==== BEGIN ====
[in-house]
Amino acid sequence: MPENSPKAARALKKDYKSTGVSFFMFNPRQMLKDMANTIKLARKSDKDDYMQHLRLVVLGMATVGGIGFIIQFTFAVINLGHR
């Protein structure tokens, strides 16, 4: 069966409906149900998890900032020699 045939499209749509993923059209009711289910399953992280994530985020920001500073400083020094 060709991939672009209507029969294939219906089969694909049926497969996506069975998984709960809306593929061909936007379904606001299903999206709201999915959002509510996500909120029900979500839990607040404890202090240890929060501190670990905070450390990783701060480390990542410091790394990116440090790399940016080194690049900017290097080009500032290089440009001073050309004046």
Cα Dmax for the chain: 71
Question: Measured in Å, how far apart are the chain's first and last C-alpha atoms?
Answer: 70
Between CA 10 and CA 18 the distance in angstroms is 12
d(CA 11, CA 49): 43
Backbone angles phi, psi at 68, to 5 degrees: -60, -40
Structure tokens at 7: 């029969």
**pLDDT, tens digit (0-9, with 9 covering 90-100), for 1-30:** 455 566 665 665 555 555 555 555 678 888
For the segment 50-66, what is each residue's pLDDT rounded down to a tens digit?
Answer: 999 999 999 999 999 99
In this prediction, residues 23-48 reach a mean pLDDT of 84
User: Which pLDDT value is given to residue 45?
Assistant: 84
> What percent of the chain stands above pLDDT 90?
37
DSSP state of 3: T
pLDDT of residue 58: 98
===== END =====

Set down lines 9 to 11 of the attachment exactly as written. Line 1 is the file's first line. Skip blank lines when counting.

Backbone angles phi, psi at 68, to 5 degrees: -60, -40
Structure tokens at 7: 């029969």
**pLDDT, tens digit (0-9, with 9 covering 90-100), for 1-30:** 455 566 665 665 555 555 555 555 678 888